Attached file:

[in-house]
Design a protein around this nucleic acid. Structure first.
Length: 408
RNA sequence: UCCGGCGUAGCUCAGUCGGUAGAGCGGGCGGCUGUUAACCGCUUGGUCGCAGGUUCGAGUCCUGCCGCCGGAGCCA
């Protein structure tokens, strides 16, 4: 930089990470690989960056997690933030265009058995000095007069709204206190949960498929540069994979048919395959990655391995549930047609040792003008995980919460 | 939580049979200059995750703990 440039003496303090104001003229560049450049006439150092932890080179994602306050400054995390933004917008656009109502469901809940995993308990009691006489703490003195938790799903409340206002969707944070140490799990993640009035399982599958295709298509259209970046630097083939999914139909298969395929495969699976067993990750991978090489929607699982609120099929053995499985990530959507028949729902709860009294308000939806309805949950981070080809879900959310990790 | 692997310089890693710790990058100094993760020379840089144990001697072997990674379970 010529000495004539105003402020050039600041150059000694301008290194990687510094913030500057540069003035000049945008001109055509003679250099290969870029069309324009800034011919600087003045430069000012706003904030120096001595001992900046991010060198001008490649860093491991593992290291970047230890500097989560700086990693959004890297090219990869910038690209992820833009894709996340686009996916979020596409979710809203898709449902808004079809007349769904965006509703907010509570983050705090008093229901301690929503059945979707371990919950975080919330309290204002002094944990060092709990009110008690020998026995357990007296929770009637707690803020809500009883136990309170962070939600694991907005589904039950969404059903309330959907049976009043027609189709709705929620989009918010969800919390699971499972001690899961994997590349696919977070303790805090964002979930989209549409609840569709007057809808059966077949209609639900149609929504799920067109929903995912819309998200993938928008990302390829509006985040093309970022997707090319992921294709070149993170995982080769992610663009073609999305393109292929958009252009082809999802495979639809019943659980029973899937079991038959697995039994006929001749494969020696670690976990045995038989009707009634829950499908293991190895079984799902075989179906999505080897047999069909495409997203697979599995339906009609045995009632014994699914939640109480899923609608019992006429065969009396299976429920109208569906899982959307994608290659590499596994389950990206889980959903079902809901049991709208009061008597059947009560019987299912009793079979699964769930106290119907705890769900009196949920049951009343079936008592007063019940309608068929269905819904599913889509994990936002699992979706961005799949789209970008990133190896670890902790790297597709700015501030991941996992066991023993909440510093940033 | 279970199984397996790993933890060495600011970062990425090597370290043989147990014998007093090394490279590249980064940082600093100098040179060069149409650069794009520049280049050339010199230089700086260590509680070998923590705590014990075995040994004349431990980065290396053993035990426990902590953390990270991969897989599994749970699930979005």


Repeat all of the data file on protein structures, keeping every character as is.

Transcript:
[in-house]
Design a protein around this nucleic acid. Structure first.
Length: 408
RNA sequence: UCCGGCGUAGCUCAGUCGGUAGAGCGGGCGGCUGUUAACCGCUUGGUCGCAGGUUCGAGUCCUGCCGCCGGAGCCA
């Protein structure tokens, strides 16, 4: 930089990470690989960056997690933030265009058995000095007069709204206190949960498929540069994979048919395959990655391995549930047609040792003008995980919460 | 939580049979200059995750703990 440039003496303090104001003229560049450049006439150092932890080179994602306050400054995390933004917008656009109502469901809940995993308990009691006489703490003195938790799903409340206002969707944070140490799990993640009035399982599958295709298509259209970046630097083939999914139909298969395929495969699976067993990750991978090489929607699982609120099929053995499985990530959507028949729902709860009294308000939806309805949950981070080809879900959310990790 | 692997310089890693710790990058100094993760020379840089144990001697072997990674379970 010529000495004539105003402020050039600041150059000694301008290194990687510094913030500057540069003035000049945008001109055509003679250099290969870029069309324009800034011919600087003045430069000012706003904030120096001595001992900046991010060198001008490649860093491991593992290291970047230890500097989560700086990693959004890297090219990869910038690209992820833009894709996340686009996916979020596409979710809203898709449902808004079809007349769904965006509703907010509570983050705090008093229901301690929503059945979707371990919950975080919330309290204002002094944990060092709990009110008690020998026995357990007296929770009637707690803020809500009883136990309170962070939600694991907005589904039950969404059903309330959907049976009043027609189709709705929620989009918010969800919390699971499972001690899961994997590349696919977070303790805090964002979930989209549409609840569709007057809808059966077949209609639900149609929504799920067109929903995912819309998200993938928008990302390829509006985040093309970022997707090319992921294709070149993170995982080769992610663009073609999305393109292929958009252009082809999802495979639809019943659980029973899937079991038959697995039994006929001749494969020696670690976990045995038989009707009634829950499908293991190895079984799902075989179906999505080897047999069909495409997203697979599995339906009609045995009632014994699914939640109480899923609608019992006429065969009396299976429920109208569906899982959307994608290659590499596994389950990206889980959903079902809901049991709208009061008597059947009560019987299912009793079979699964769930106290119907705890769900009196949920049951009343079936008592007063019940309608068929269905819904599913889509994990936002699992979706961005799949789209970008990133190896670890902790790297597709700015501030991941996992066991023993909440510093940033 | 279970199984397996790993933890060495600011970062990425090597370290043989147990014998007093090394490279590249980064940082600093100098040179060069149409650069794009520049280049050339010199230089700086260590509680070998923590705590014990075995040994004349431990980065290396053993035990426990902590953390990270991969897989599994749970699930979005």